With the deadline gone for the state to put an end to the budget impasse, at least without a supermajority, schools are left wondering how long they’ve got to keep their doors open.
With reimbursements for state-mandated programs not fulfilled and general reserves being depleted some schools are at the edge of borrowing to stay open, or closing their doors to keep the district from growing debt.
Knoxville Superintendent Steve Wilder told WGIL that Knoxville could open at the start of the year, but would not have the funds to finish the school year.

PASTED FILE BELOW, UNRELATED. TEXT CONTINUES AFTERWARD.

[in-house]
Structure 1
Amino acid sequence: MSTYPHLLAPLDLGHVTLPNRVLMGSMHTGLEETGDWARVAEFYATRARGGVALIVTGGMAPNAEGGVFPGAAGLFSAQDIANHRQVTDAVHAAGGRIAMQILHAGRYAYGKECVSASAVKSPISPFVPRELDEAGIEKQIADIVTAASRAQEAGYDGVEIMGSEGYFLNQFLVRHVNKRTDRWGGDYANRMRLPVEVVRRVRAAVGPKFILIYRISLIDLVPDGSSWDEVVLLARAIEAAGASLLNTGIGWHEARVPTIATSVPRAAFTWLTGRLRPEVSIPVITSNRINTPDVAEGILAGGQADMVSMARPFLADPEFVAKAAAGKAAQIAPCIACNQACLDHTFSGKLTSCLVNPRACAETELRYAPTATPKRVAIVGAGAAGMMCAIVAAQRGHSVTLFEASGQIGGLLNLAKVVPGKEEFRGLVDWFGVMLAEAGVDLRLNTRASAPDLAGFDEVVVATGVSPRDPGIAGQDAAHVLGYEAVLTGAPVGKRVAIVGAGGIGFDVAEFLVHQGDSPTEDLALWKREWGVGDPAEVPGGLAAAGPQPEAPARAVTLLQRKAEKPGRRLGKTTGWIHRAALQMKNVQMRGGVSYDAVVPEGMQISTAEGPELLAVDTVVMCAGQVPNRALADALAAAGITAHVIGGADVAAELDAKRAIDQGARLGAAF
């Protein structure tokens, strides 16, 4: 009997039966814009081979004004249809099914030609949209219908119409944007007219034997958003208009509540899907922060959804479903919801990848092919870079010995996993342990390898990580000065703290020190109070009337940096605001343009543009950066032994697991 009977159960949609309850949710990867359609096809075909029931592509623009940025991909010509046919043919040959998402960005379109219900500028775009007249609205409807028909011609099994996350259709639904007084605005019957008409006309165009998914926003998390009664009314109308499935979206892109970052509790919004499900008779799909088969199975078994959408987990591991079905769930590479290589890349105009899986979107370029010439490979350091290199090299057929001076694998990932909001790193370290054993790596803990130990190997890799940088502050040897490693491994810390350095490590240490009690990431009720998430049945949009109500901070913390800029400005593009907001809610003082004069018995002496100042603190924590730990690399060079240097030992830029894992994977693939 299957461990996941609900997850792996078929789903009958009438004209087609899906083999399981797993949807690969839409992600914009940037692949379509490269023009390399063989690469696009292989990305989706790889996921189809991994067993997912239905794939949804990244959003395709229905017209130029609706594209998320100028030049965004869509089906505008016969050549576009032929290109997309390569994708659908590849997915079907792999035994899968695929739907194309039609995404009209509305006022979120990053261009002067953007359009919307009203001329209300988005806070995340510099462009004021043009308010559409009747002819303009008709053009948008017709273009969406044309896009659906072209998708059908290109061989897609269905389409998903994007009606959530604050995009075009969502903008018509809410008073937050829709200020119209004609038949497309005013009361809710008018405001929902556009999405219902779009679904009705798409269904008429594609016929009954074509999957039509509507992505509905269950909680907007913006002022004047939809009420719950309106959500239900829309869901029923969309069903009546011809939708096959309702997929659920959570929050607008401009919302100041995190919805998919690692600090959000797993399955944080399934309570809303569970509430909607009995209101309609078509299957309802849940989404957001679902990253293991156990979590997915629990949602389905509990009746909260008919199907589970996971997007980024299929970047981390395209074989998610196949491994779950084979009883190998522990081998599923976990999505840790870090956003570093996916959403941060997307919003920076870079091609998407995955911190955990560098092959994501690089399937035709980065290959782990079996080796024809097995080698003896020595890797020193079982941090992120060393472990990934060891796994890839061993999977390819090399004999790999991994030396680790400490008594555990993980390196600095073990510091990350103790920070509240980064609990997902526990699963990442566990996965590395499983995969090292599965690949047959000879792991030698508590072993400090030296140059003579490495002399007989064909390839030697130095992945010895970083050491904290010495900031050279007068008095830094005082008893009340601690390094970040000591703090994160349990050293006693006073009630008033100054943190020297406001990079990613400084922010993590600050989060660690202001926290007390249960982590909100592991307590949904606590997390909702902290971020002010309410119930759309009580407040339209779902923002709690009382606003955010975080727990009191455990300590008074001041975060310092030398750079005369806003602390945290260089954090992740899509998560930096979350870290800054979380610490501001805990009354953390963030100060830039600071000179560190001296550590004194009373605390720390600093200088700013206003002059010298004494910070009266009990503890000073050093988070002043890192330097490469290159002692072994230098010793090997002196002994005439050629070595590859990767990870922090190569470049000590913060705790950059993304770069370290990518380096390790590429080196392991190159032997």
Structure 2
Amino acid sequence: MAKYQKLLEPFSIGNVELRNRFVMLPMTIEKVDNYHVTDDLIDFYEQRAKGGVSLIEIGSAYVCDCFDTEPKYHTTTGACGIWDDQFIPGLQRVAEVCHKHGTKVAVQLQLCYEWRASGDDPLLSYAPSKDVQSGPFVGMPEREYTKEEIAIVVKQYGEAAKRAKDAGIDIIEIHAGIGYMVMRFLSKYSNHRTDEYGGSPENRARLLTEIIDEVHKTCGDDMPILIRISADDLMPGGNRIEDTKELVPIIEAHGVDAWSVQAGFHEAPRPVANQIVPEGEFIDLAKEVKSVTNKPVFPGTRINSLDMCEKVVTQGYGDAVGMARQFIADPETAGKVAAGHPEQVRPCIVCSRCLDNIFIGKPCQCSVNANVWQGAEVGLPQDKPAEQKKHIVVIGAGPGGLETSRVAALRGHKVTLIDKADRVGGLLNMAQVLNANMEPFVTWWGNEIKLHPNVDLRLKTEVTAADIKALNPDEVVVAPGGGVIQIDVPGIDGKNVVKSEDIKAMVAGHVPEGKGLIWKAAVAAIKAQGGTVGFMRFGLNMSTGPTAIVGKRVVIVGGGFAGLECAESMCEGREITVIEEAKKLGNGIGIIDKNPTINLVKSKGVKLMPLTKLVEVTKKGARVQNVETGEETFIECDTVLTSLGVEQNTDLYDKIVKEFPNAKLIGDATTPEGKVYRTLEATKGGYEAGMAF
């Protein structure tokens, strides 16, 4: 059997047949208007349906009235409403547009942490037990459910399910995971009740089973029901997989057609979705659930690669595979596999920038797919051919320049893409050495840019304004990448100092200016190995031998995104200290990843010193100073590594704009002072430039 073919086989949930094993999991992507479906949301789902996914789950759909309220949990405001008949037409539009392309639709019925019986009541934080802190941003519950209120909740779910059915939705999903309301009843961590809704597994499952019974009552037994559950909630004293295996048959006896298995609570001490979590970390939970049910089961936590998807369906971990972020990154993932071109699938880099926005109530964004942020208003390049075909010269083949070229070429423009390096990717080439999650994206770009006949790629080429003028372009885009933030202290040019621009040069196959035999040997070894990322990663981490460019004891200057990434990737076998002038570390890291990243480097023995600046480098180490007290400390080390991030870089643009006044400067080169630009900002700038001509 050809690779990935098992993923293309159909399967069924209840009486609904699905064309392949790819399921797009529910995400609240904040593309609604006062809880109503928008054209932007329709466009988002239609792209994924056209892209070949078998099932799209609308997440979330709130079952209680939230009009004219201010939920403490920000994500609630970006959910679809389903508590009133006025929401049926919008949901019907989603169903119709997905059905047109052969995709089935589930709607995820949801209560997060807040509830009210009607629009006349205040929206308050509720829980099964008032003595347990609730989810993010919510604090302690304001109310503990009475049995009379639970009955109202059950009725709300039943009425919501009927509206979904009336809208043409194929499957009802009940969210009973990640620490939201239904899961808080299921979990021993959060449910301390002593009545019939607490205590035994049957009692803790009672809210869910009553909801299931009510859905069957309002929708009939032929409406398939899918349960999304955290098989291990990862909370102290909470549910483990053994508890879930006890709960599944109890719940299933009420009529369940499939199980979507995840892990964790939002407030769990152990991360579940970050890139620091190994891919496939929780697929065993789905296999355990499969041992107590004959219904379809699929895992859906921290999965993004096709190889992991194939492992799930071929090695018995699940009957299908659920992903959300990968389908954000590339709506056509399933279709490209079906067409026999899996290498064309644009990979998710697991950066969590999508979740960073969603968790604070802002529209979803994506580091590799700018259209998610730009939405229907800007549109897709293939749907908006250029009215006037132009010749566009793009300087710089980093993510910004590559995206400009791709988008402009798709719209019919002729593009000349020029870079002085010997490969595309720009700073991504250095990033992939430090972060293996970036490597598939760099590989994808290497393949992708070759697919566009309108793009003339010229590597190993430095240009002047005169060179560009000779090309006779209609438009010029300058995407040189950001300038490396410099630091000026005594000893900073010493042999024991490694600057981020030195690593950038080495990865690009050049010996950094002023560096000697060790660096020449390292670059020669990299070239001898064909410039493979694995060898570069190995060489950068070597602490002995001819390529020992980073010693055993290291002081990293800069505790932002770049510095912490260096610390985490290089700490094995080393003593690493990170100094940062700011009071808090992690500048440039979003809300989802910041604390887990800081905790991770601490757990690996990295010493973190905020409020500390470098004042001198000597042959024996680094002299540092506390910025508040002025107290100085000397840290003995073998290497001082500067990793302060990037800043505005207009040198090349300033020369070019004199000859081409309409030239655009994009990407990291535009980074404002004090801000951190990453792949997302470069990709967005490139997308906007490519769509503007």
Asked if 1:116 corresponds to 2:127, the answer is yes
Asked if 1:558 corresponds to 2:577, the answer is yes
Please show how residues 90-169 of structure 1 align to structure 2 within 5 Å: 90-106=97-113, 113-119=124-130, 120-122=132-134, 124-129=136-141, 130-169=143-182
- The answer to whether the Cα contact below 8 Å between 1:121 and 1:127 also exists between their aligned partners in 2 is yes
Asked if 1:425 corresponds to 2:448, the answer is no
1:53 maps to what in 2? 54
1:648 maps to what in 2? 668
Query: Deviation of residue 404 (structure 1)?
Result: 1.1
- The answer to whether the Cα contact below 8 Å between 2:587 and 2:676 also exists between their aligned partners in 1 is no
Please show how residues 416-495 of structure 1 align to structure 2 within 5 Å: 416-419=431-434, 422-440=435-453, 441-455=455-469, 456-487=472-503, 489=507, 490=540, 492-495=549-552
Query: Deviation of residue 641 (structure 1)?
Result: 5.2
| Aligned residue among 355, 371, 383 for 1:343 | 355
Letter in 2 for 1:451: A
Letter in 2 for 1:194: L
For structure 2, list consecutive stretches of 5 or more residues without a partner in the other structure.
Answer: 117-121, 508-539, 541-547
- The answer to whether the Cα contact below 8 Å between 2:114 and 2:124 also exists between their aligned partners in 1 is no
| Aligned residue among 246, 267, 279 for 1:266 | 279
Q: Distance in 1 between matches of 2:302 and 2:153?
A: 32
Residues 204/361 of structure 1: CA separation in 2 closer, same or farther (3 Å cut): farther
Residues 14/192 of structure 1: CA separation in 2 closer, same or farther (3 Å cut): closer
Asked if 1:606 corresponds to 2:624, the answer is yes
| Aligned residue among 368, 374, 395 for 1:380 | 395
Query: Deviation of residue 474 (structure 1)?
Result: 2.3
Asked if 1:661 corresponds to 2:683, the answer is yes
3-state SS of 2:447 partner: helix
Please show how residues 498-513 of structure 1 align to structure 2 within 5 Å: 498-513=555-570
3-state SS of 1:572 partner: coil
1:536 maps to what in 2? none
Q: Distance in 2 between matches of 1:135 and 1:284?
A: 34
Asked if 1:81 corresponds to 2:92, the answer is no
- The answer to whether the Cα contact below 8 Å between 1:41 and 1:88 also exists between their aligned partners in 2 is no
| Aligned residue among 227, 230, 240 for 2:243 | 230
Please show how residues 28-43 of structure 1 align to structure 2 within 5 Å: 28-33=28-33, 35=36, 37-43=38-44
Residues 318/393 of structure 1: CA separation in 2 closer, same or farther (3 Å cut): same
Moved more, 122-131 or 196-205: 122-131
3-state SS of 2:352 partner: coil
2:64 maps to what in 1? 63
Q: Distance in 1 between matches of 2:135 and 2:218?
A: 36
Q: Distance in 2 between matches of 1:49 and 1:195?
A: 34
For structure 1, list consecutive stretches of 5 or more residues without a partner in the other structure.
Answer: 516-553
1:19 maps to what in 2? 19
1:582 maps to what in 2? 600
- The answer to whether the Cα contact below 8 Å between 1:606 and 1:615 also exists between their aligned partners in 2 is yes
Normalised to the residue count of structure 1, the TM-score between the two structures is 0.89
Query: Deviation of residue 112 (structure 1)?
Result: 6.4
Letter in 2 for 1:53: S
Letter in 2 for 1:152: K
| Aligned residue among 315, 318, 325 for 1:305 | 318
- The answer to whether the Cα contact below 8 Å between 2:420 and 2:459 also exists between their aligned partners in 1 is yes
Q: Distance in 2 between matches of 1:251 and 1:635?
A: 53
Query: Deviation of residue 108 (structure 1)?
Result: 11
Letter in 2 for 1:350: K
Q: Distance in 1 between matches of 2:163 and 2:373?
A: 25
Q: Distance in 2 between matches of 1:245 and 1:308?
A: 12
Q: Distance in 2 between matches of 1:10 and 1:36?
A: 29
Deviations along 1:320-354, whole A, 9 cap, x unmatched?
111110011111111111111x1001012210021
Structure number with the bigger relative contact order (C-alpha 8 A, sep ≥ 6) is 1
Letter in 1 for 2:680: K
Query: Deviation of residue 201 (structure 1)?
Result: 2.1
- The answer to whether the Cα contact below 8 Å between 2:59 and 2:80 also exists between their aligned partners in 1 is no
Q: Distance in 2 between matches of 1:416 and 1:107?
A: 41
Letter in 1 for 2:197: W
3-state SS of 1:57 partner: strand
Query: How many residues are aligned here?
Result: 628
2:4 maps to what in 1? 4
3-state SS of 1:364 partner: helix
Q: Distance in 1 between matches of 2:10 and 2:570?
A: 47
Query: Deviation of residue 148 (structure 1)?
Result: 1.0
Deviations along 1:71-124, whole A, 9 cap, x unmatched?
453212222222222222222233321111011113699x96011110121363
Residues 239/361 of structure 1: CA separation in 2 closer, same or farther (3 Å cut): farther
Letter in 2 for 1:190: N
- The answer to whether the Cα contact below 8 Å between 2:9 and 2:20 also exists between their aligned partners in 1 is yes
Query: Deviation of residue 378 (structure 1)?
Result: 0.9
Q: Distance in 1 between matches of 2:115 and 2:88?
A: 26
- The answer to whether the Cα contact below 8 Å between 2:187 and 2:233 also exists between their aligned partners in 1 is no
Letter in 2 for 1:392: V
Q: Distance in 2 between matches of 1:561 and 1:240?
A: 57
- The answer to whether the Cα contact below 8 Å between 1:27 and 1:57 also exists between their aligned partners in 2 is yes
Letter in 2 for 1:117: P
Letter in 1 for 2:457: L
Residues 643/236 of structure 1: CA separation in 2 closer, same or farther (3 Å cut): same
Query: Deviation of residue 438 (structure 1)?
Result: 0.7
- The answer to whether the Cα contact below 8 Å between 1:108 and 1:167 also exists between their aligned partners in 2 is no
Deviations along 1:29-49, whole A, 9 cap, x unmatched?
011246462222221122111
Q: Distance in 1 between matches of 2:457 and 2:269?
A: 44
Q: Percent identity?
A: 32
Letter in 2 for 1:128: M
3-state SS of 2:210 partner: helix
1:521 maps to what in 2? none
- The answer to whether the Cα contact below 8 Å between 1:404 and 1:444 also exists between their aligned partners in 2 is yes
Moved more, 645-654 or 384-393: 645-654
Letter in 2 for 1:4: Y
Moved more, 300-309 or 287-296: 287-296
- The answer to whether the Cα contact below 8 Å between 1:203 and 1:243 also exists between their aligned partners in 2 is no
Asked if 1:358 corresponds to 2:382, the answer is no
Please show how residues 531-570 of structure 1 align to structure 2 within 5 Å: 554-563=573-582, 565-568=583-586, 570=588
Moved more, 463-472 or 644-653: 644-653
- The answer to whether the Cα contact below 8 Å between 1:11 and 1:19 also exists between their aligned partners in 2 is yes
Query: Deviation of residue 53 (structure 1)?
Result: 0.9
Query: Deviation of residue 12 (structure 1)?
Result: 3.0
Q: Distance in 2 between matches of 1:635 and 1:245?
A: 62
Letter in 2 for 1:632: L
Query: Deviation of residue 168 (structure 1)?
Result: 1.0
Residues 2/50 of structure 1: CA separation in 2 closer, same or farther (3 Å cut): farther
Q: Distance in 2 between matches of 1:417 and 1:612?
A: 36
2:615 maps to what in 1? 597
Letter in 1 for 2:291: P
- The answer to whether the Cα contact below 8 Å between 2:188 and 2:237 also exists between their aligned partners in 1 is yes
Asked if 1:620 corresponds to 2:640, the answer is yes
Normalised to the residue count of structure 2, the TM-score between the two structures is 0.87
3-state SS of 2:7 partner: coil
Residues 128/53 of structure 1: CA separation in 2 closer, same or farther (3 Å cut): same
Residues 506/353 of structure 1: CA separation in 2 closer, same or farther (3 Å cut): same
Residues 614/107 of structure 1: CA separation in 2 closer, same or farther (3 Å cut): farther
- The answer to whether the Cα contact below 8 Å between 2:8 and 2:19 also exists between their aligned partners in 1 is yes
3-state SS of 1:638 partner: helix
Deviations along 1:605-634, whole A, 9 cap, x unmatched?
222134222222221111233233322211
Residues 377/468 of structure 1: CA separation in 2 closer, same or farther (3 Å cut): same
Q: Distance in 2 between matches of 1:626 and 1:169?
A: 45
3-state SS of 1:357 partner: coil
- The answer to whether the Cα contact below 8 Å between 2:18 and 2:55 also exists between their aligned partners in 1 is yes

“If we opened on day on in August like we have scheduled to and there was not a budget in place we would not be able to make it through the school year,” Wilder says. “We’re probably looking at some time in early spring. We’ll get through Christmas but how far we make it after that is a different ball game.”
Wilder also says that the governor’s push for property tax freezes would also be devastating to school districts because costs continue to rise and property taxes help elevates those increases.
He says there are already property tax controls in place already, because voters have to approve the increases before they can take effect.